Issued by the Department of Women and Child Development and Social Welfare, the Kanyashree guideline and the Rupashree guideline are policy documents outlining the provisions, eligibility criteria, implementation, monitoring and grievance redress mechanisms. It is thorough discussions on the rationale for CCTs and gendered implications of child labour, trafficking, and child marriage and their monitoring apparatuses that render the Kanyashree guideline more comprehensive than Rupashree. While the Kanyashree guideline embodies prevalent socio-economic discourse of development – as demonstrated by its frequent use of concepts like ‘feminisation of poverty’, the rather concise Rupashree guideline is marked by its technocratic tenor and terseness of prose to describe the policy and implementation designs, which has been undertaken without establishing a rationale for the scheme. In addition, whereas individual girl students constitute the direct recipients of cash benefits in both the schemes, the Rupashree guideline effectively identifies low-income families as the beneficiary units. This emphasis on families as units counters the Kanyashree guideline’s avowed objective of enabling individual girl students to forge ‘a sense of self, personal capacity and well-being’. The difference in their gendered approach is further underlined by their emblems:
Image A: The Kanyashree emblem
Image B: The Rupashree emblem
In image A, the Kanyashree logo features a young woman with a book. Its cover reads, ‘Study and Smile’ on one part and ‘Egiye Jaao’ (Move Forward) on the other. The woman has a steady, brooding and determined gaze pointed at the book and is adorned by a medal around her neck. Image B is of the Rupashree logo featuring a woman decked in Hindu bridal attire with a demure and downcast gaze.
Within the AITC, the success and international acclaim of Kanyashree has entirely been credited to party supremo Banerjee, reifying her image as ‘liberator’ of marginalised social groups including women. This was reflected in an interview I conducted with a woman AITC worker where she drew links between socio-cultural deprivations faced by aspiring low-income girl students and Banerjee’s empathic capacity to devise ‘ingenuous’ solutions. In contrast, women political workers of the left-wing Communist Party of India (Marxist) as well as the right-wing Bharatiya Janata Party raised a range of objections to the CCT schemes. These included characterising the schemes as ‘giveaway of leftovers’ and ‘Khairati’ (charitable donations) to personally accusing Banerjee of ‘repackaging’ central government-sponsored schemes as those of the state government.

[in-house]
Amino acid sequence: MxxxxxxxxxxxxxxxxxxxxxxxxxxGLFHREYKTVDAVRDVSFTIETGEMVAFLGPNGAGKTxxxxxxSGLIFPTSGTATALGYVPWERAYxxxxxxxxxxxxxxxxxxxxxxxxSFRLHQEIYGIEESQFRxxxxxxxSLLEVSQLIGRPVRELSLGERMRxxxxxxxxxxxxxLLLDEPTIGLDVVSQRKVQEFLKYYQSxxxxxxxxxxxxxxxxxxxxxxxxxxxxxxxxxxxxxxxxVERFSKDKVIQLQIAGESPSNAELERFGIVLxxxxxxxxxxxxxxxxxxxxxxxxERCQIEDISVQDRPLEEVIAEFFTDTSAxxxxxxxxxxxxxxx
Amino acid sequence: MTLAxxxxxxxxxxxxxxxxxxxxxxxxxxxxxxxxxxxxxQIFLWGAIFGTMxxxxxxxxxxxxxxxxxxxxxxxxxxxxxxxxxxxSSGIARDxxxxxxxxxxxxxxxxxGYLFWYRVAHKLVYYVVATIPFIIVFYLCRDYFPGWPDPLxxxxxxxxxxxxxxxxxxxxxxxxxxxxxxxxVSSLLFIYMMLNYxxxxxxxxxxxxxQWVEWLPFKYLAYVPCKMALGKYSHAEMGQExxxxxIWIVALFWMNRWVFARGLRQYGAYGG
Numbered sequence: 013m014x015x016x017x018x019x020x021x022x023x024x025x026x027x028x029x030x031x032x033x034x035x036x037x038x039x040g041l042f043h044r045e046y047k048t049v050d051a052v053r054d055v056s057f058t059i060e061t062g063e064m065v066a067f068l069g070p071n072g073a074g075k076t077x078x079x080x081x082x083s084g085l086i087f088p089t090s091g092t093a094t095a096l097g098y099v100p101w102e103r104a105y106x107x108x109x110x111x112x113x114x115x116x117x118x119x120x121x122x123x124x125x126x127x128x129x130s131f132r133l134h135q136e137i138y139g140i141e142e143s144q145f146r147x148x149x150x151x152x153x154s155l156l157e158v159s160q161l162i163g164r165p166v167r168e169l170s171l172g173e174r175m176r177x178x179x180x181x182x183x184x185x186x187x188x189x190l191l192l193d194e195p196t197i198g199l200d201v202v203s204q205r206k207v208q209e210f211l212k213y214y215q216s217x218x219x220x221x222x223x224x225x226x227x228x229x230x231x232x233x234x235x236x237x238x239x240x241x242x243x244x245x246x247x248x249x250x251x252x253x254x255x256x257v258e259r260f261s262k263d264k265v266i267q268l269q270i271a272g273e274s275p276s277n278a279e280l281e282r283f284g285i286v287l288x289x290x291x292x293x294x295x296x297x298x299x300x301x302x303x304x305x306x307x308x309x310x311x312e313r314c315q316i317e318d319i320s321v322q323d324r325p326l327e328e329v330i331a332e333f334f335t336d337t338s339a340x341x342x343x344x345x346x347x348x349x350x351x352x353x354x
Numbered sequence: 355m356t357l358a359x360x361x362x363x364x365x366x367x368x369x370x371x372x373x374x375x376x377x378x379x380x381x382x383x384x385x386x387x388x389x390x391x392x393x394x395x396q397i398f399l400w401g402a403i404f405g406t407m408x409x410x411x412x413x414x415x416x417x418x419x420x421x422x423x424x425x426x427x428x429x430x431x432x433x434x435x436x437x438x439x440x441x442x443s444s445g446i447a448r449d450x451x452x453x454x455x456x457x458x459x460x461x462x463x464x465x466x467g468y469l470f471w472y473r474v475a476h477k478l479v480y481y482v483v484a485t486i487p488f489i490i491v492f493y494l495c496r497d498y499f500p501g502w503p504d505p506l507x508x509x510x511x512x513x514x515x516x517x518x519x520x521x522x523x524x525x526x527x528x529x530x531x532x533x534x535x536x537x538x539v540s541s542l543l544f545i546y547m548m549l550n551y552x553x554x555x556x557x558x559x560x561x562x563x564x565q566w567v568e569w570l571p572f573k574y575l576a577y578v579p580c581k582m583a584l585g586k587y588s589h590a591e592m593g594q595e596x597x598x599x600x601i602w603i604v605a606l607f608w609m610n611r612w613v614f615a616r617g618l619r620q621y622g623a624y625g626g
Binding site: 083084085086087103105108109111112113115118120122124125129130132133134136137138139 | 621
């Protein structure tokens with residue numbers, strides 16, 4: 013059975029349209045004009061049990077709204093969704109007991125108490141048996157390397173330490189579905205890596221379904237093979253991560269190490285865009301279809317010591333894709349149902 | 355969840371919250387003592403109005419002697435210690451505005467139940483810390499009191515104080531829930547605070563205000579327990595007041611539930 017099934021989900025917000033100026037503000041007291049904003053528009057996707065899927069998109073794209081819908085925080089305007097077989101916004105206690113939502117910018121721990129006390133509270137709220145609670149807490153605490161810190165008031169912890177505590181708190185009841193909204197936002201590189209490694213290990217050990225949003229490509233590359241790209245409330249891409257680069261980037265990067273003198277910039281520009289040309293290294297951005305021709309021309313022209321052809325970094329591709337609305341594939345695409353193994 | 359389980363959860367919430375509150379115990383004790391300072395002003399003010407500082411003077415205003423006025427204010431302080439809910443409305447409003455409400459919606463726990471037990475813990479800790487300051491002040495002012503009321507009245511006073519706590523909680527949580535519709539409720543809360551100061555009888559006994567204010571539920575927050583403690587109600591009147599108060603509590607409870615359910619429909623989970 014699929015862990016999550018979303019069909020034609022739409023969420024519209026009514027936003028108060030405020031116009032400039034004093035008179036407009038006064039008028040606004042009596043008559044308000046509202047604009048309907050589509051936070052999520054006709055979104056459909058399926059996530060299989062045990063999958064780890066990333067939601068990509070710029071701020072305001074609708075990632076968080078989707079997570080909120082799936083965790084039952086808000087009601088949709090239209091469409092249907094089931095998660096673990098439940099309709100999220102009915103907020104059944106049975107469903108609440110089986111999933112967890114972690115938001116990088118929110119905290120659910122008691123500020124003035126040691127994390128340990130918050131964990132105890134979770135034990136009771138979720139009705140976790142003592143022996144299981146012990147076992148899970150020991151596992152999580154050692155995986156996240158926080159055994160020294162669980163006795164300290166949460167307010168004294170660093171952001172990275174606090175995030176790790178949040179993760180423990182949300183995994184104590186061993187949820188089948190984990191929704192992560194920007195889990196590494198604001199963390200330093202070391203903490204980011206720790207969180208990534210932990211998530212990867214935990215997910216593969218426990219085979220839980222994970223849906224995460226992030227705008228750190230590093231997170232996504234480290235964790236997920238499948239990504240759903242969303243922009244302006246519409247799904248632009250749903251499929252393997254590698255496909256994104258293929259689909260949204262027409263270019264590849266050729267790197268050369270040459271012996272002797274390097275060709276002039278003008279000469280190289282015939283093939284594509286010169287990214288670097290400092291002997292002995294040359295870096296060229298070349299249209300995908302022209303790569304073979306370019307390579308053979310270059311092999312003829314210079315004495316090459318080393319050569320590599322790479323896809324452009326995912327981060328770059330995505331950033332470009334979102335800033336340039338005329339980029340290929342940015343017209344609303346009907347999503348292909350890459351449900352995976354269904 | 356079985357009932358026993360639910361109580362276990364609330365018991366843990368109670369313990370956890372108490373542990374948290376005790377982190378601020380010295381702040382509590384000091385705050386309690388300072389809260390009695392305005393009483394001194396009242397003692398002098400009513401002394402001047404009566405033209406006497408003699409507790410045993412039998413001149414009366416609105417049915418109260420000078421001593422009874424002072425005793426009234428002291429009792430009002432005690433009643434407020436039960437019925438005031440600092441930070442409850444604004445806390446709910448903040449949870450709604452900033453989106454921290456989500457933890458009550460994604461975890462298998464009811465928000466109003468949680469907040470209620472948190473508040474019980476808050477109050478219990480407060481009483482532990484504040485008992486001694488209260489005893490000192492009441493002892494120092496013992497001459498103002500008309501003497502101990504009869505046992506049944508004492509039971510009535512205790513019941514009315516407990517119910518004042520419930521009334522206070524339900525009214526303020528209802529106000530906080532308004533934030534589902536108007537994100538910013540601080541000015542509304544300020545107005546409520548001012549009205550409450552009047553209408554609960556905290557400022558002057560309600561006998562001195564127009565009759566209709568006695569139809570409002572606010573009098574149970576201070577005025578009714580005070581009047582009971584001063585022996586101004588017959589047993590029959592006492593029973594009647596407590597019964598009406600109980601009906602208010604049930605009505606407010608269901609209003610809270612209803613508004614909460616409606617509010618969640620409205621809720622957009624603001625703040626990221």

While the divergent and conflicting objectives of Kanyashree and Rupashree signal a fundamental incoherence at the level of policy-making, they also illustrate the government’s attempts at simultaneously catering to the sentiments of its progressive and conservative constituencies and support bases. Despite this disjuncture, a closer look at the naming of these schemes offers notable insights into the discursive commonality undergirding these frameworks. Both Kanyashree and Rupashree connote aestheticised Bengali adjectives for young women. Kanyashree denotes the charm of a young girl while Rupashree lays emphasis on her physical beauty. The Rupashree scheme highlights the channels through which socially conservative gender norms are reaffirmed even as its award-winning counterpart- Kanyashree, facilitates the challenging of those very norms. At the same time, traditionalist cultural representations of women as repositories of physical beauty and grace inform both frameworks. In conclusion, illustrating the subterranean congruity between the two otherwise contradictory schemes helps understand the ways in which hegemonic gender constructions weave into the practice of developmental policymaking, with resultant policies often mirroring socio-cultural conventions they claim to subvert.
Proma Ray Chaudhury is a PhD Candidate at the School of Law and Government in Dublin City University under the EU Marie Curie ETN Global India Project. Her thesis, titled ‘Gender and Political Parties in India: Pathways to Women’s Political Participation?’ studies the role of political parties as avenues for political mobilisation, participation and representation of women. It analyses the political parties of the state of West Bengal in India in terms of their institutional party cultures and explores the obstacles and opportunities that these shifting cultures present for women’s active political participation. This project is funded by a Horizon 2020-funded European Training Network, Global India (grant number 722446).